It’s unclear if the Department’s inspector general ever pursued theallegations from the December, 2005 letter at the time. But the officecertainly is now. In a letter to the judiciary committee chairmen lastmonth, Glenn Fine and Office of Professional Responsibility counselMarshall Jarrett announcedthat their joint probe into the U.S. attorney firings had been expandedto include hiring practices in the Civil Rights Division. Schlozman has been accused of recruiting Republicans for career spots and then asking them to scrub mentions of their GOP bona fides from their resumes.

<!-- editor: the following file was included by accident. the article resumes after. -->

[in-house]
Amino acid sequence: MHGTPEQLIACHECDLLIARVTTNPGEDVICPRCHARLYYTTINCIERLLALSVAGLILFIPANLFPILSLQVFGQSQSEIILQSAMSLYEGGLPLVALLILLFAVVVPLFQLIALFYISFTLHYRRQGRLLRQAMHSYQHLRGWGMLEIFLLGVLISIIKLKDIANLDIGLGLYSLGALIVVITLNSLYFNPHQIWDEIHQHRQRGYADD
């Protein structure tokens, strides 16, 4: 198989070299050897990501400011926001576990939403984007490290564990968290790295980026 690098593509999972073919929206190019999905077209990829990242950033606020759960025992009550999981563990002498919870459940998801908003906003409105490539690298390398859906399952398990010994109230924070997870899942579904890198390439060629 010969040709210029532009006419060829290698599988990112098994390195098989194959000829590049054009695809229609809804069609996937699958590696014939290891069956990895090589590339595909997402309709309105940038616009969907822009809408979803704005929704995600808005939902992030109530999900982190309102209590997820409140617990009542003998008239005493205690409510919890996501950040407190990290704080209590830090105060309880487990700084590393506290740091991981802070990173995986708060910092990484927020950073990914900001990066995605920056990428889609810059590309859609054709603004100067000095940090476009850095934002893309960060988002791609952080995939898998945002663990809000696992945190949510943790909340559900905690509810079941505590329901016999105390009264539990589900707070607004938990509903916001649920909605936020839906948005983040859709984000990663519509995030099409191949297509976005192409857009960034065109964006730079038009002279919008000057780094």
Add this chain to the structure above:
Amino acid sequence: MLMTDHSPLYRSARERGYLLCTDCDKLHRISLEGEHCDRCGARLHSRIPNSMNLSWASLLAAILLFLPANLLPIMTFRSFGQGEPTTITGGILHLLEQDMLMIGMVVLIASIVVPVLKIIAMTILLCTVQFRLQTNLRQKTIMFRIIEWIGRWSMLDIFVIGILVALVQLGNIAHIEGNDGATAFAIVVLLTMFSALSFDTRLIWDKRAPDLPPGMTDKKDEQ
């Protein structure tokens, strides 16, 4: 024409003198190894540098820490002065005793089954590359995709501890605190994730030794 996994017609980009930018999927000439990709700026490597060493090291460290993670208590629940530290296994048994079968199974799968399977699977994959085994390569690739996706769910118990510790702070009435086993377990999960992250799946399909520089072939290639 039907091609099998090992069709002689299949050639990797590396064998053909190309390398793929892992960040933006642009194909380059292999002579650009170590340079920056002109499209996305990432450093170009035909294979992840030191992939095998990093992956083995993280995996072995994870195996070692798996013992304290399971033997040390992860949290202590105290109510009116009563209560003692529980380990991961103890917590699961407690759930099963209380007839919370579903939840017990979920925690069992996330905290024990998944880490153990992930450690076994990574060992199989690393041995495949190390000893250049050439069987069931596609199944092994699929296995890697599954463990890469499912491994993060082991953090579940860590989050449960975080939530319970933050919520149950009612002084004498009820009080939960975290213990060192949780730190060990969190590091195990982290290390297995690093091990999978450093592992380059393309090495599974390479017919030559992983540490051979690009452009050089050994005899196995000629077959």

As I pointed out yesterday, it’s unclear how enthusiastically the IG is pursuing the multiple incidents of politicization in DOJ’s midst. They are now investigating Gonzales’ apparent witness tampering. They are now investigating Schlozman’s blatant discrimination. But were they? Did they?
To the credit of the IG, it intervened when Gonzales attempted to pawn the whole self-investigation off onto the OPR. But how aggressively would it have pursued these issues without the intervention of Chuck Rosenberg? And how aggressively is it pursuing them now that Rosenberg is no longer acting Chief of Staff?
It’ll be instructive to learn what IG did in 2005 when they first received these complaints. Because it’ll either reassure us that IG can carry out such an investigation diligently, or it’ll provide the final proof (as if we needed it) that DOJ can’t investigate itself.